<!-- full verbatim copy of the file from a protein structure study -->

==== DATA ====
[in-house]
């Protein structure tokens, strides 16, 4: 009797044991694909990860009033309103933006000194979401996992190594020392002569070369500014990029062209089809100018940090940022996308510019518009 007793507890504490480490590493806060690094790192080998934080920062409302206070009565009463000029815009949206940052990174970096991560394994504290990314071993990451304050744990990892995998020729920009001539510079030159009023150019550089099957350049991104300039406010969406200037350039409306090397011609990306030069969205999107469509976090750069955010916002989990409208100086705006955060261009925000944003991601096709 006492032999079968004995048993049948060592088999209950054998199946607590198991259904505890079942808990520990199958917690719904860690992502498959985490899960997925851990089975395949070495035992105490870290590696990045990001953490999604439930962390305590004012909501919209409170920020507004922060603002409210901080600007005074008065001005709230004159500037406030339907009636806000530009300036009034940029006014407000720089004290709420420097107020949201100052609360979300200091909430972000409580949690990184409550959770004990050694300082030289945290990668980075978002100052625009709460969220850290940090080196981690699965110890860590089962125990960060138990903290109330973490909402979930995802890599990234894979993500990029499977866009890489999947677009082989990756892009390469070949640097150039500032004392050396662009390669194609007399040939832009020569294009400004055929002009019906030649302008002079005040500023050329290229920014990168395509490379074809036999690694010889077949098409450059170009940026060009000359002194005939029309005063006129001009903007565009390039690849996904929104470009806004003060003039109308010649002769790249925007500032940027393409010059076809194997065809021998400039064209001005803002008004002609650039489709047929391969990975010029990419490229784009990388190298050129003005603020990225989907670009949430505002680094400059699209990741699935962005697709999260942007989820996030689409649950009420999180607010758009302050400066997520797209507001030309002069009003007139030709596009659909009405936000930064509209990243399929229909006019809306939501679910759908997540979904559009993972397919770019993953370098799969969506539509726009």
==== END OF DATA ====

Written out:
[in-house]
């Protein structure tokens, strides 16, 4: 009797044991694909990860009033309103933006000194979401996992190594020392002569070369500014990029062209089809100018940090940022996308510019518009 007793507890504490480490590493806060690094790192080998934080920062409302206070009565009463000029815009949206940052990174970096991560394994504290990314071993990451304050744990990892995998020729920009001539510079030159009023150019550089099957350049991104300039406010969406200037350039409306090397011609990306030069969205999107469509976090750069955010916002989990409208100086705006955060261009925000944003991601096709 006492032999079968004995048993049948060592088999209950054998199946607590198991259904505890079942808990520990199958917690719904860690992502498959985490899960997925851990089975395949070495035992105490870290590696990045990001953490999604439930962390305590004012909501919209409170920020507004922060603002409210901080600007005074008065001005709230004159500037406030339907009636806000530009300036009034940029006014407000720089004290709420420097107020949201100052609360979300200091909430972000409580949690990184409550959770004990050694300082030289945290990668980075978002100052625009709460969220850290940090080196981690699965110890860590089962125990960060138990903290109330973490909402979930995802890599990234894979993500990029499977866009890489999947677009082989990756892009390469070949640097150039500032004392050396662009390669194609007399040939832009020569294009400004055929002009019906030649302008002079005040500023050329290229920014990168395509490379074809036999690694010889077949098409450059170009940026060009000359002194005939029309005063006129001009903007565009390039690849996904929104470009806004003060003039109308010649002769790249925007500032940027393409010059076809194997065809021998400039064209001005803002008004002609650039489709047929391969990975010029990419490229784009990388190298050129003005603020990225989907670009949430505002680094400059699209990741699935962005697709999260942007989820996030689409649950009420999180607010758009302050400066997520797209507001030309002069009003007139030709596009659909009405936000930064509209990243399929229909006019809306939501679910759908997540979904559009993972397919770019993953370098799969969506539509726009």